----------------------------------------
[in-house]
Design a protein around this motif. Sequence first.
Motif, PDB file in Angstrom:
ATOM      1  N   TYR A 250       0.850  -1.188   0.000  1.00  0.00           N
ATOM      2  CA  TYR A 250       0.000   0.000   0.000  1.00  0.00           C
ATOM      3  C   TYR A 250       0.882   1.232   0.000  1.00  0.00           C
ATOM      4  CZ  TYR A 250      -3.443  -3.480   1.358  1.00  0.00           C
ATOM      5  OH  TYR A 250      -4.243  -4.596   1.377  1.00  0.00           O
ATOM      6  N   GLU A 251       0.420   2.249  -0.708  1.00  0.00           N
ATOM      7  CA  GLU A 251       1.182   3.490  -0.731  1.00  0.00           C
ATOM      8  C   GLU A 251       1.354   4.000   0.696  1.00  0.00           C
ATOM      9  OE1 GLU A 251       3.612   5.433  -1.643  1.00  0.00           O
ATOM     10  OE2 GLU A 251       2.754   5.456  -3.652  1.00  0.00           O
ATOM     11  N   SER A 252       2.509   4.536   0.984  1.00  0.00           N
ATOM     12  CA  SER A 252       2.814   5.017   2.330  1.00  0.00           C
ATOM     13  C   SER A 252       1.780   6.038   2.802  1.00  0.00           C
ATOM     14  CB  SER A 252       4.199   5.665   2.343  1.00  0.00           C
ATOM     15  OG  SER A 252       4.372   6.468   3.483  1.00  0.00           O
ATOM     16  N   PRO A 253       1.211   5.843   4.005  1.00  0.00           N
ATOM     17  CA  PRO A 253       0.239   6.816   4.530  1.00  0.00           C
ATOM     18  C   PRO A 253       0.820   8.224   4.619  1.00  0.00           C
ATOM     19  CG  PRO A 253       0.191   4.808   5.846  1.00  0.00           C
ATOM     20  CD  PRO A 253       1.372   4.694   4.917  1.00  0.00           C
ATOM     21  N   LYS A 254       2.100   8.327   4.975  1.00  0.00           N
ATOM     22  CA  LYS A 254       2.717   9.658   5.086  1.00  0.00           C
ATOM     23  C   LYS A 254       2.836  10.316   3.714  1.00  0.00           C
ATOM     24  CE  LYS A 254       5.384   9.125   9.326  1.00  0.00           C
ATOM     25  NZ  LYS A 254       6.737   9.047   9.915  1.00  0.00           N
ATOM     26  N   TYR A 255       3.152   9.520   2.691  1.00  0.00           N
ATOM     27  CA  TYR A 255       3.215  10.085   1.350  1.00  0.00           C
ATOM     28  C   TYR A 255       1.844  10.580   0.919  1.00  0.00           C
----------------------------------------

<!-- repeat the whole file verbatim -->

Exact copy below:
[in-house]
Design a protein around this motif. Sequence first.
Motif, PDB file in Angstrom:
ATOM      1  N   TYR A 250       0.850  -1.188   0.000  1.00  0.00           N
ATOM      2  CA  TYR A 250       0.000   0.000   0.000  1.00  0.00           C
ATOM      3  C   TYR A 250       0.882   1.232   0.000  1.00  0.00           C
ATOM      4  CZ  TYR A 250      -3.443  -3.480   1.358  1.00  0.00           C
ATOM      5  OH  TYR A 250      -4.243  -4.596   1.377  1.00  0.00           O
ATOM      6  N   GLU A 251       0.420   2.249  -0.708  1.00  0.00           N
ATOM      7  CA  GLU A 251       1.182   3.490  -0.731  1.00  0.00           C
ATOM      8  C   GLU A 251       1.354   4.000   0.696  1.00  0.00           C
ATOM      9  OE1 GLU A 251       3.612   5.433  -1.643  1.00  0.00           O
ATOM     10  OE2 GLU A 251       2.754   5.456  -3.652  1.00  0.00           O
ATOM     11  N   SER A 252       2.509   4.536   0.984  1.00  0.00           N
ATOM     12  CA  SER A 252       2.814   5.017   2.330  1.00  0.00           C
ATOM     13  C   SER A 252       1.780   6.038   2.802  1.00  0.00           C
ATOM     14  CB  SER A 252       4.199   5.665   2.343  1.00  0.00           C
ATOM     15  OG  SER A 252       4.372   6.468   3.483  1.00  0.00           O
ATOM     16  N   PRO A 253       1.211   5.843   4.005  1.00  0.00           N
ATOM     17  CA  PRO A 253       0.239   6.816   4.530  1.00  0.00           C
ATOM     18  C   PRO A 253       0.820   8.224   4.619  1.00  0.00           C
ATOM     19  CG  PRO A 253       0.191   4.808   5.846  1.00  0.00           C
ATOM     20  CD  PRO A 253       1.372   4.694   4.917  1.00  0.00           C
ATOM     21  N   LYS A 254       2.100   8.327   4.975  1.00  0.00           N
ATOM     22  CA  LYS A 254       2.717   9.658   5.086  1.00  0.00           C
ATOM     23  C   LYS A 254       2.836  10.316   3.714  1.00  0.00           C
ATOM     24  CE  LYS A 254       5.384   9.125   9.326  1.00  0.00           C
ATOM     25  NZ  LYS A 254       6.737   9.047   9.915  1.00  0.00           N
ATOM     26  N   TYR A 255       3.152   9.520   2.691  1.00  0.00           N
ATOM     27  CA  TYR A 255       3.215  10.085   1.350  1.00  0.00           C
ATOM     28  C   TYR A 255       1.844  10.580   0.919  1.00  0.00           C